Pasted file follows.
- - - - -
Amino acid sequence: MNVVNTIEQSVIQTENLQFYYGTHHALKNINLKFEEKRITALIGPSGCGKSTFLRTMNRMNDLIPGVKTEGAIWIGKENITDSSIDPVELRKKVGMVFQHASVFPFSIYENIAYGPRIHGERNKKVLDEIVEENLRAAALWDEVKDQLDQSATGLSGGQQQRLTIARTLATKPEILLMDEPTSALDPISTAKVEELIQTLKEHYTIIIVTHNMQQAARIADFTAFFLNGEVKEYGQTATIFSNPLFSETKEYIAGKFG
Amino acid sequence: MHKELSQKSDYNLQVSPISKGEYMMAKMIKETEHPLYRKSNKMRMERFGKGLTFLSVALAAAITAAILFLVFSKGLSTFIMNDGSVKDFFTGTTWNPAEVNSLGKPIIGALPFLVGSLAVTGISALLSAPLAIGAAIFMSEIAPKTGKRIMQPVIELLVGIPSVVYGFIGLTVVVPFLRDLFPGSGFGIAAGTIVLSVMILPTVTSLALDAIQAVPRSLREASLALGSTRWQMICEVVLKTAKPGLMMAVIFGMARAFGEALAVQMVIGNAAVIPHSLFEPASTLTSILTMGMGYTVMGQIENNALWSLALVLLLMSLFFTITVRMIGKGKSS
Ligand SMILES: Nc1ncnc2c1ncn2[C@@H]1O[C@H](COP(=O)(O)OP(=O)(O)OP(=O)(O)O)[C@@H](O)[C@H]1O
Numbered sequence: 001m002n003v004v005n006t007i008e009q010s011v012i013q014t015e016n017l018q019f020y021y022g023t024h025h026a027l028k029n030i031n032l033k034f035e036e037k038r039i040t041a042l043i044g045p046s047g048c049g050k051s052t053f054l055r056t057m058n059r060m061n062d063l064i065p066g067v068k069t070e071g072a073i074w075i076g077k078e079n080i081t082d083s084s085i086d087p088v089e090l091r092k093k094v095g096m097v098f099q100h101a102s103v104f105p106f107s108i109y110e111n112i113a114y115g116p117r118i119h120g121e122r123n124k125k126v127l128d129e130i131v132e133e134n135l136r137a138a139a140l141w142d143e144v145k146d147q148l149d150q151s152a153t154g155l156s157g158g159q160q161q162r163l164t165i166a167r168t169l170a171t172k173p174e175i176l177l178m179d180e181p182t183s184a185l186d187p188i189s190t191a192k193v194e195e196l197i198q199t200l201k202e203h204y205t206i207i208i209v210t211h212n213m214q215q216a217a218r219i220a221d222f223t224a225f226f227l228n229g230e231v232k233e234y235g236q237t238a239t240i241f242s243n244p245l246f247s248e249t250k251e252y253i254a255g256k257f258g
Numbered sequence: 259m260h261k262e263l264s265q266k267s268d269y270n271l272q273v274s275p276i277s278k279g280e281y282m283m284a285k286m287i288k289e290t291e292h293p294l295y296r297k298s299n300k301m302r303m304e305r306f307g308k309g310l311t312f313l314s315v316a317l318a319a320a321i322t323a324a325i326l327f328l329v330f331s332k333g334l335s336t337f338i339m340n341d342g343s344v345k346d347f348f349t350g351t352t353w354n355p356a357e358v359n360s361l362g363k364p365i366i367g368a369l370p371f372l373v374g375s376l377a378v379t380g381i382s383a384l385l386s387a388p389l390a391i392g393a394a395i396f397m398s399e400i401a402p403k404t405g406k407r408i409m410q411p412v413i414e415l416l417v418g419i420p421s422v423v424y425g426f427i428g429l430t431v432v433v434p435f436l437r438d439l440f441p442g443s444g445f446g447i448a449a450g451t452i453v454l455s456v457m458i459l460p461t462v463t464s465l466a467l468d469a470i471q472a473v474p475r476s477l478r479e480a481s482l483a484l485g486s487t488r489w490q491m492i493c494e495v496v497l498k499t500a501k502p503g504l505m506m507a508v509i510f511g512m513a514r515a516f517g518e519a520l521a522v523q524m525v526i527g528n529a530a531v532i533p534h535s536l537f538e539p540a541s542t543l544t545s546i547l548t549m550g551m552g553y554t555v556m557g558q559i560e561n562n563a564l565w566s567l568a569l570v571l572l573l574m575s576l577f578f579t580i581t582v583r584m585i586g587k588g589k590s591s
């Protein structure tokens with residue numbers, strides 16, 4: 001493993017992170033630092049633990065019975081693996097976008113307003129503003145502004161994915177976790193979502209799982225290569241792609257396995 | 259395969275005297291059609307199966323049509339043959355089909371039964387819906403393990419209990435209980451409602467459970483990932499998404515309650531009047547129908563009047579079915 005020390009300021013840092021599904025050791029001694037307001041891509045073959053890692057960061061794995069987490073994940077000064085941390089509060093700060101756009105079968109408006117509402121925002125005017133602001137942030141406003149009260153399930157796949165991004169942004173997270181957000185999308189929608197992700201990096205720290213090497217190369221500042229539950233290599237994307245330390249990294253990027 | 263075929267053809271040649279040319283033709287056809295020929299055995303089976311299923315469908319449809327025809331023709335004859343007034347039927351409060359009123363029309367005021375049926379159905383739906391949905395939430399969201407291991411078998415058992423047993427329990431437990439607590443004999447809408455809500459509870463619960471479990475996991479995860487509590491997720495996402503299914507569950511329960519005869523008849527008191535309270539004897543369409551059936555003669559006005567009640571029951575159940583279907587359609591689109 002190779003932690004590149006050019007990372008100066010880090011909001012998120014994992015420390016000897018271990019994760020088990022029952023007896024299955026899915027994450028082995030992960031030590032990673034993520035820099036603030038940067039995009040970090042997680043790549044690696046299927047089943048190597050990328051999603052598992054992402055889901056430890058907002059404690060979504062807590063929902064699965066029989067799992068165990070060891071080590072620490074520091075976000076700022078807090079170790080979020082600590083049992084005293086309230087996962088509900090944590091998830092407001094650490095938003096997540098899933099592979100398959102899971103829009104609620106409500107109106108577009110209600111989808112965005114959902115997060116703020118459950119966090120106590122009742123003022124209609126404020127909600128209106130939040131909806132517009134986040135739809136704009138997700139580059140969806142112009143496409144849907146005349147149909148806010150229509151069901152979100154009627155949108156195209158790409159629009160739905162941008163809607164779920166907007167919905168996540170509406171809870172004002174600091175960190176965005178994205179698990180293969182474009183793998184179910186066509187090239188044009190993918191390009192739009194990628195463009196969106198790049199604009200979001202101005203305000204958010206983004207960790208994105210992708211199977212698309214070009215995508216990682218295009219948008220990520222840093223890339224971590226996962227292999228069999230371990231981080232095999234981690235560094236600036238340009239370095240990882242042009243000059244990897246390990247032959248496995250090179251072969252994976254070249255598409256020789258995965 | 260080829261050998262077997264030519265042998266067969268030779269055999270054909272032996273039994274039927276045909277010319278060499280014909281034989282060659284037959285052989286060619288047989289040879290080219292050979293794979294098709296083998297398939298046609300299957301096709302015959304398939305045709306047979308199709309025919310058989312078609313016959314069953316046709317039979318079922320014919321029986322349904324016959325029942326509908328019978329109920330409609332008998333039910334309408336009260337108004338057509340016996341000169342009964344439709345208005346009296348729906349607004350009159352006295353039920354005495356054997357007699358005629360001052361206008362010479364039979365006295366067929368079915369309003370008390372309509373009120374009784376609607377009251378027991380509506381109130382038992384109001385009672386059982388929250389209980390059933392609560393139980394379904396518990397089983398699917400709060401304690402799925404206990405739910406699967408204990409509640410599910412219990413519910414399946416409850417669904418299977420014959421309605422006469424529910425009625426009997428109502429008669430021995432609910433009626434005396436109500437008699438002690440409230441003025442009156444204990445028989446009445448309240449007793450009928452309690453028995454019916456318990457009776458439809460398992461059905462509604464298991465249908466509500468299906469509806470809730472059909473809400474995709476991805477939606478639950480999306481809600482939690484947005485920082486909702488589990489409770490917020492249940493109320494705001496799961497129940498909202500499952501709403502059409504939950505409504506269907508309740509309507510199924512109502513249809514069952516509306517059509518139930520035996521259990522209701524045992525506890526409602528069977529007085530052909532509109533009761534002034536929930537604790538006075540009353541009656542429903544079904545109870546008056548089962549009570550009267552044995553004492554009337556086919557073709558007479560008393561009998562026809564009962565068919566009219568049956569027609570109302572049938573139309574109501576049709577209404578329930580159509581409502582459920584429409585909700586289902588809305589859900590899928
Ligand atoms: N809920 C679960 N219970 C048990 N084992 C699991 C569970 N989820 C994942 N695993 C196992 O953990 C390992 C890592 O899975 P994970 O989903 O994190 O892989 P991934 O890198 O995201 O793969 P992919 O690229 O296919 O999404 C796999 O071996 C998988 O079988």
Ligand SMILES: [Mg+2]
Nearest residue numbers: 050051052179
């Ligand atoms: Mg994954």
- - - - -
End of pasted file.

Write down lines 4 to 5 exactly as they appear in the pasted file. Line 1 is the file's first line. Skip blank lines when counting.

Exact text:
Numbered sequence: 001m002n003v004v005n006t007i008e009q010s011v012i013q014t015e016n017l018q019f020y021y022g023t024h025h026a027l028k029n030i031n032l033k034f035e036e037k038r039i040t041a042l043i044g045p046s047g048c049g050k051s052t053f054l055r056t057m058n059r060m061n062d063l064i065p066g067v068k069t070e071g072a073i074w075i076g077k078e079n080i081t082d083s084s085i086d087p088v089e090l091r092k093k094v095g096m097v098f099q100h101a102s103v104f105p106f107s108i109y110e111n112i113a114y115g116p117r118i119h120g121e122r123n124k125k126v127l128d129e130i131v132e133e134n135l136r137a138a139a140l141w142d143e144v145k146d147q148l149d150q151s152a153t154g155l156s157g158g159q160q161q162r163l164t165i166a167r168t169l170a171t172k173p174e175i176l177l178m179d180e181p182t183s184a185l186d187p188i189s190t191a192k193v194e195e196l197i198q199t200l201k202e203h204y205t206i207i208i209v210t211h212n213m214q215q216a217a218r219i220a221d222f223t224a225f226f227l228n229g230e231v232k233e234y235g236q237t238a239t240i241f242s243n244p245l246f247s248e249t250k251e252y253i254a255g256k257f258g
Numbered sequence: 259m260h261k262e263l264s265q266k267s268d269y270n271l272q273v274s275p276i277s278k279g280e281y282m283m284a285k286m287i288k289e290t291e292h293p294l295y296r297k298s299n300k301m302r303m304e305r306f307g308k309g310l311t312f313l314s315v316a317l318a319a320a321i322t323a324a325i326l327f328l329v330f331s332k333g334l335s336t337f338i339m340n341d342g343s344v345k346d347f348f349t350g351t352t353w354n355p356a357e358v359n360s361l362g363k364p365i366i367g368a369l370p371f372l373v374g375s376l377a378v379t380g381i382s383a384l385l386s387a388p389l390a391i392g393a394a395i396f397m398s399e400i401a402p403k404t405g406k407r408i409m410q411p412v413i414e415l416l417v418g419i420p421s422v423v424y425g426f427i428g429l430t431v432v433v434p435f436l437r438d439l440f441p442g443s444g445f446g447i448a449a450g451t452i453v454l455s456v457m458i459l460p461t462v463t464s465l466a467l468d469a470i471q472a473v474p475r476s477l478r479e480a481s482l483a484l485g486s487t488r489w490q491m492i493c494e495v496v497l498k499t500a501k502p503g504l505m506m507a508v509i510f511g512m513a514r515a516f517g518e519a520l521a522v523q524m525v526i527g528n529a530a531v532i533p534h535s536l537f538e539p540a541s542t543l544t545s546i547l548t549m550g551m552g553y554t555v556m557g558q559i560e561n562n563a564l565w566s567l568a569l570v571l572l573l574m575s576l577f578f579t580i581t582v583r584m585i586g587k588g589k590s591s